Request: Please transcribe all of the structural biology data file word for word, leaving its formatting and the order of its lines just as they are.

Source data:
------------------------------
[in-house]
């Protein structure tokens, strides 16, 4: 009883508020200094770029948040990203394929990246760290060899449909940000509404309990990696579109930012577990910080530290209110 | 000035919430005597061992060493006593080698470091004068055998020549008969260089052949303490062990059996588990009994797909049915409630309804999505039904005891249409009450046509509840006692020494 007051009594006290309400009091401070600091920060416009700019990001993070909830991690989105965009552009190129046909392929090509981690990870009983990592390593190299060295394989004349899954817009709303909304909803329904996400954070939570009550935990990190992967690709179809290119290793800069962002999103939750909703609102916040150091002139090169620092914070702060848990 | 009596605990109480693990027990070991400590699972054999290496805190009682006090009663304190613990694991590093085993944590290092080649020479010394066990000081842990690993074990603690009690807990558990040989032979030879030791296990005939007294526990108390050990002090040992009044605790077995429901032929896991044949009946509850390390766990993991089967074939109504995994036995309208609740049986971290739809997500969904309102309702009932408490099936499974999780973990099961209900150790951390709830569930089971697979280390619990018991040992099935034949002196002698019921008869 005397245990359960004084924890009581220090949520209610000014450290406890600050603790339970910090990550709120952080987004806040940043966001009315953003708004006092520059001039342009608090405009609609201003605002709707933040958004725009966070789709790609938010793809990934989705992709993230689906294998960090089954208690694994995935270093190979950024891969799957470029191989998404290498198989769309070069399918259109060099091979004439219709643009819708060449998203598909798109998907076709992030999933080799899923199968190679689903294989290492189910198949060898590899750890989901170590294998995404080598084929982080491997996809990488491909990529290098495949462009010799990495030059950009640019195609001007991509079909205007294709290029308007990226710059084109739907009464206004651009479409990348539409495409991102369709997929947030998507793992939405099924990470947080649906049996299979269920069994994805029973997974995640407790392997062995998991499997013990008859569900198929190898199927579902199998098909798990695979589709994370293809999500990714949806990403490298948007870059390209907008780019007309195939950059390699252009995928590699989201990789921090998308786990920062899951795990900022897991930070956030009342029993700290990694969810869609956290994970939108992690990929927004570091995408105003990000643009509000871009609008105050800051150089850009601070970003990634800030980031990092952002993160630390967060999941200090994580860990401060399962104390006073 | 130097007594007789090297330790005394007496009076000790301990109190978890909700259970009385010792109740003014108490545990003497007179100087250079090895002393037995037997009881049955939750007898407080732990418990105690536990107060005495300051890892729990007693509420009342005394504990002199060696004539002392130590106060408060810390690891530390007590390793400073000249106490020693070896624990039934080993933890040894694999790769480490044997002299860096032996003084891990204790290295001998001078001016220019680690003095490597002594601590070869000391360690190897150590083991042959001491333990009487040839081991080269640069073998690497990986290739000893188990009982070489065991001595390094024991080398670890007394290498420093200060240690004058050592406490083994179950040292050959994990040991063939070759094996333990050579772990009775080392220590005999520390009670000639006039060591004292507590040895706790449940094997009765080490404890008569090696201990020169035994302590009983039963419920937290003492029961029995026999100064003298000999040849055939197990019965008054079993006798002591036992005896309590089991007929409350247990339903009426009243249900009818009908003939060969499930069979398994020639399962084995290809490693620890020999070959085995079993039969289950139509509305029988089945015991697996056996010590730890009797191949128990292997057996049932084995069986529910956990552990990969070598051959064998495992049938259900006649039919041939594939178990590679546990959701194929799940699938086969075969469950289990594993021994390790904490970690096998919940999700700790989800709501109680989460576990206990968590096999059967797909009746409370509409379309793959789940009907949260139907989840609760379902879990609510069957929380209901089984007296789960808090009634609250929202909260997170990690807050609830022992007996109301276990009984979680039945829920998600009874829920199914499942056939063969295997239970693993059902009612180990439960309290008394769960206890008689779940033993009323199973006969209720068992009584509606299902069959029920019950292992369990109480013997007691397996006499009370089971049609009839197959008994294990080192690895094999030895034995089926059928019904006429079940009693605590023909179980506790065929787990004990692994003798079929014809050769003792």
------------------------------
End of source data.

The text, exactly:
[in-house]
């Protein structure tokens, strides 16, 4: 009883508020200094770029948040990203394929990246760290060899449909940000509404309990990696579109930012577990910080530290209110 | 000035919430005597061992060493006593080698470091004068055998020549008969260089052949303490062990059996588990009994797909049915409630309804999505039904005891249409009450046509509840006692020494 007051009594006290309400009091401070600091920060416009700019990001993070909830991690989105965009552009190129046909392929090509981690990870009983990592390593190299060295394989004349899954817009709303909304909803329904996400954070939570009550935990990190992967690709179809290119290793800069962002999103939750909703609102916040150091002139090169620092914070702060848990 | 009596605990109480693990027990070991400590699972054999290496805190009682006090009663304190613990694991590093085993944590290092080649020479010394066990000081842990690993074990603690009690807990558990040989032979030879030791296990005939007294526990108390050990002090040992009044605790077995429901032929896991044949009946509850390390766990993991089967074939109504995994036995309208609740049986971290739809997500969904309102309702009932408490099936499974999780973990099961209900150790951390709830569930089971697979280390619990018991040992099935034949002196002698019921008869 005397245990359960004084924890009581220090949520209610000014450290406890600050603790339970910090990550709120952080987004806040940043966001009315953003708004006092520059001039342009608090405009609609201003605002709707933040958004725009966070789709790609938010793809990934989705992709993230689906294998960090089954208690694994995935270093190979950024891969799957470029191989998404290498198989769309070069399918259109060099091979004439219709643009819708060449998203598909798109998907076709992030999933080799899923199968190679689903294989290492189910198949060898590899750890989901170590294998995404080598084929982080491997996809990488491909990529290098495949462009010799990495030059950009640019195609001007991509079909205007294709290029308007990226710059084109739907009464206004651009479409990348539409495409991102369709997929947030998507793992939405099924990470947080649906049996299979269920069994994805029973997974995640407790392997062995998991499997013990008859569900198929190898199927579902199998098909798990695979589709994370293809999500990714949806990403490298948007870059390209907008780019007309195939950059390699252009995928590699989201990789921090998308786990920062899951795990900022897991930070956030009342029993700290990694969810869609956290994970939108992690990929927004570091995408105003990000643009509000871009609008105050800051150089850009601070970003990634800030980031990092952002993160630390967060999941200090994580860990401060399962104390006073 | 130097007594007789090297330790005394007496009076000790301990109190978890909700259970009385010792109740003014108490545990003497007179100087250079090895002393037995037997009881049955939750007898407080732990418990105690536990107060005495300051890892729990007693509420009342005394504990002199060696004539002392130590106060408060810390690891530390007590390793400073000249106490020693070896624990039934080993933890040894694999790769480490044997002299860096032996003084891990204790290295001998001078001016220019680690003095490597002594601590070869000391360690190897150590083991042959001491333990009487040839081991080269640069073998690497990986290739000893188990009982070489065991001595390094024991080398670890007394290498420093200060240690004058050592406490083994179950040292050959994990040991063939070759094996333990050579772990009775080392220590005999520390009670000639006039060591004292507590040895706790449940094997009765080490404890008569090696201990020169035994302590009983039963419920937290003492029961029995026999100064003298000999040849055939197990019965008054079993006798002591036992005896309590089991007929409350247990339903009426009243249900009818009908003939060969499930069979398994020639399962084995290809490693620890020999070959085995079993039969289950139509509305029988089945015991697996056996010590730890009797191949128990292997057996049932084995069986529910956990552990990969070598051959064998495992049938259900006649039919041939594939178990590679546990959701194929799940699938086969075969469950289990594993021994390790904490970690096998919940999700700790989800709501109680989460576990206990968590096999059967797909009746409370509409379309793959789940009907949260139907989840609760379902879990609510069957929380209901089984007296789960808090009634609250929202909260997170990690807050609830022992007996109301276990009984979680039945829920998600009874829920199914499942056939063969295997239970693993059902009612180990439960309290008394769960206890008689779940033993009323199973006969209720068992009584509606299902069959029920019950292992369990109480013997007691397996006499009370089971049609009839197959008994294990080192690895094999030895034995089926059928019904006429079940009693605590023909179980506790065929787990004990692994003798079929014809050769003792």